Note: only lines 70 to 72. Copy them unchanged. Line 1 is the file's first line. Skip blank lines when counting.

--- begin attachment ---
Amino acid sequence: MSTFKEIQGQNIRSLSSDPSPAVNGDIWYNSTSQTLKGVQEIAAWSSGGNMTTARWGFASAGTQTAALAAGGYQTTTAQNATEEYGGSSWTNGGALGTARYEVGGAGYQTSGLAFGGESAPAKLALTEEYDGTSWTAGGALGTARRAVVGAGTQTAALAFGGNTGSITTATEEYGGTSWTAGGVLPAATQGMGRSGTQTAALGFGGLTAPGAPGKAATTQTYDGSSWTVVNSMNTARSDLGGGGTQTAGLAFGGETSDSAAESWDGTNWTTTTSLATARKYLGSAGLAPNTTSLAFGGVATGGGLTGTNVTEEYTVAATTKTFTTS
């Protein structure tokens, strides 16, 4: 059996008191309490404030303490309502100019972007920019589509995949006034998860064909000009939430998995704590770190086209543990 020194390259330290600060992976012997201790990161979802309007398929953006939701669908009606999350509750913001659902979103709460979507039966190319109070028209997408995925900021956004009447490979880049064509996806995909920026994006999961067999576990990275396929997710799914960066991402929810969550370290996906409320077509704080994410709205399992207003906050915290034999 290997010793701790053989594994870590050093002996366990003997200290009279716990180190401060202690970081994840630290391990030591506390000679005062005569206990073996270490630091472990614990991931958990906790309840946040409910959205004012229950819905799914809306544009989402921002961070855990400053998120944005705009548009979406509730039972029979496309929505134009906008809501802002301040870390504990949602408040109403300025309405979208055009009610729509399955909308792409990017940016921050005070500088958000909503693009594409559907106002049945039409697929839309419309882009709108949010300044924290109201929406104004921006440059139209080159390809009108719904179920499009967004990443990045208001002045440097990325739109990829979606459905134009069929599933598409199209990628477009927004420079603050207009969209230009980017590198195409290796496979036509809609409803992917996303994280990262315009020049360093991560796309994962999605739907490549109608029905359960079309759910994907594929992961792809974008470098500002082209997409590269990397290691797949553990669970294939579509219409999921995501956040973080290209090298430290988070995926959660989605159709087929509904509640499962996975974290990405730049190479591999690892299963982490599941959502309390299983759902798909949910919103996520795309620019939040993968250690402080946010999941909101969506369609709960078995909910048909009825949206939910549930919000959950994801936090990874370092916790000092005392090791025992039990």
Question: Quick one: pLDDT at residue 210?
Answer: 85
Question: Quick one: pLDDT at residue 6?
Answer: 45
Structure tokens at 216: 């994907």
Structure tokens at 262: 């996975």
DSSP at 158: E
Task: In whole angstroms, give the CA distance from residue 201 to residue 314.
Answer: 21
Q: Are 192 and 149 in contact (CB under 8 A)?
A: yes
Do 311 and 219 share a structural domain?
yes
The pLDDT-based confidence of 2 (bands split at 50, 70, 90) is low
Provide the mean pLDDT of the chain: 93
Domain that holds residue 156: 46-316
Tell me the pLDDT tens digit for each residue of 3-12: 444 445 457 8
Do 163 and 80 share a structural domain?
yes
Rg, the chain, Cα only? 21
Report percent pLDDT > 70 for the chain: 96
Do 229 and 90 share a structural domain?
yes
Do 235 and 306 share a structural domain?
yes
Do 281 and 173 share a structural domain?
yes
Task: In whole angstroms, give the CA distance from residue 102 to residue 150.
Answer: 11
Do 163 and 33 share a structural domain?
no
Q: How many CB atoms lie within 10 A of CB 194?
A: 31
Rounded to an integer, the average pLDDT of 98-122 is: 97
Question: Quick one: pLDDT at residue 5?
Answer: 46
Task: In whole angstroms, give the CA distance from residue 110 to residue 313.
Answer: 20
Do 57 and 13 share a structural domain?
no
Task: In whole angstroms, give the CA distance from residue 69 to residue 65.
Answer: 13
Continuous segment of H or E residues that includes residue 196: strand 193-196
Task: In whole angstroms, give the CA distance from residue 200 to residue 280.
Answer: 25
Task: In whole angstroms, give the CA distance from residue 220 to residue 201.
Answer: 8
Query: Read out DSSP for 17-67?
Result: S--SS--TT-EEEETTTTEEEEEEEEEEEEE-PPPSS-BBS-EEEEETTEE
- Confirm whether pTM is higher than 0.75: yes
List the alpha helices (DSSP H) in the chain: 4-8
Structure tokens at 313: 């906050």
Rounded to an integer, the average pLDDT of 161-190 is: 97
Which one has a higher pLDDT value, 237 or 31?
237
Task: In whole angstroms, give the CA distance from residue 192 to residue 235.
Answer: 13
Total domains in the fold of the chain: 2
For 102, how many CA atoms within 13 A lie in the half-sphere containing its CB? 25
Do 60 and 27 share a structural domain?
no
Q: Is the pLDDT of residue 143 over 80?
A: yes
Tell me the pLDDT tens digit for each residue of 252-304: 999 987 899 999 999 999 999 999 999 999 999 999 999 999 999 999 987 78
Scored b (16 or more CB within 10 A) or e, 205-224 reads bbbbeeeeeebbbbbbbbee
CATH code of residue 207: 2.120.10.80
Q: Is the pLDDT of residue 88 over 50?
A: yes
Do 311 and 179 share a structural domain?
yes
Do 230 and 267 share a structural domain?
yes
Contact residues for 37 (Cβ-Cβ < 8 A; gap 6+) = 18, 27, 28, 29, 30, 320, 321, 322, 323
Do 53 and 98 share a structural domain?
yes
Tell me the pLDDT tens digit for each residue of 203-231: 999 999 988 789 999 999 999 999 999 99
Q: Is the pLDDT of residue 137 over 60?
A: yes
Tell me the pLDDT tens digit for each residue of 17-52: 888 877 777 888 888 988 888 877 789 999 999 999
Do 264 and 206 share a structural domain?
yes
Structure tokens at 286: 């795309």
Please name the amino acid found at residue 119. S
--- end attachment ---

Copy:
A: yes
Do 311 and 179 share a structural domain?
yes